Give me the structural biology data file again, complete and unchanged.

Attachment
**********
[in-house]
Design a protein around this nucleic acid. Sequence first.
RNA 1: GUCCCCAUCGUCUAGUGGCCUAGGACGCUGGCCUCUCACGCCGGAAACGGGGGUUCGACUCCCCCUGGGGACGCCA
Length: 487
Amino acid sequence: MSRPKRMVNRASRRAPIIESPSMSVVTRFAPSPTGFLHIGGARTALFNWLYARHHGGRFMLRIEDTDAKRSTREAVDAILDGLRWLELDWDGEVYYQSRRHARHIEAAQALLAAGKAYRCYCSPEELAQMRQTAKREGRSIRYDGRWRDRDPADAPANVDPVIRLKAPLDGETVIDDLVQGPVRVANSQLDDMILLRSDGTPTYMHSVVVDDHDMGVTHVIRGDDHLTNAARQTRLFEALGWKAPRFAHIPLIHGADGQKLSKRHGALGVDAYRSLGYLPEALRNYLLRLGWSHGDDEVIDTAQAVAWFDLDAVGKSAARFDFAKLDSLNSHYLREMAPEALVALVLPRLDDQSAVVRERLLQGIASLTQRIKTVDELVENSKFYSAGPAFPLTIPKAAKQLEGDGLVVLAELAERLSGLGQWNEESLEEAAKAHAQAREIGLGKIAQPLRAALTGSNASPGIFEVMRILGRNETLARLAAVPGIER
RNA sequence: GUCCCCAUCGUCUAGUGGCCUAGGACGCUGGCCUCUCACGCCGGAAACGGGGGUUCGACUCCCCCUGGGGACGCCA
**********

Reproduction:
[in-house]
Design a protein around this nucleic acid. Sequence first.
RNA 1: GUCCCCAUCGUCUAGUGGCCUAGGACGCUGGCCUCUCACGCCGGAAACGGGGGUUCGACUCCCCCUGGGGACGCCA
Length: 487
Amino acid sequence: MSRPKRMVNRASRRAPIIESPSMSVVTRFAPSPTGFLHIGGARTALFNWLYARHHGGRFMLRIEDTDAKRSTREAVDAILDGLRWLELDWDGEVYYQSRRHARHIEAAQALLAAGKAYRCYCSPEELAQMRQTAKREGRSIRYDGRWRDRDPADAPANVDPVIRLKAPLDGETVIDDLVQGPVRVANSQLDDMILLRSDGTPTYMHSVVVDDHDMGVTHVIRGDDHLTNAARQTRLFEALGWKAPRFAHIPLIHGADGQKLSKRHGALGVDAYRSLGYLPEALRNYLLRLGWSHGDDEVIDTAQAVAWFDLDAVGKSAARFDFAKLDSLNSHYLREMAPEALVALVLPRLDDQSAVVRERLLQGIASLTQRIKTVDELVENSKFYSAGPAFPLTIPKAAKQLEGDGLVVLAELAERLSGLGQWNEESLEEAAKAHAQAREIGLGKIAQPLRAALTGSNASPGIFEVMRILGRNETLARLAAVPGIER
RNA sequence: GUCCCCAUCGUCUAGUGGCCUAGGACGCUGGCCUCUCACGCCGGAAACGGGGGUUCGACUCCCCCUGGGGACGCCA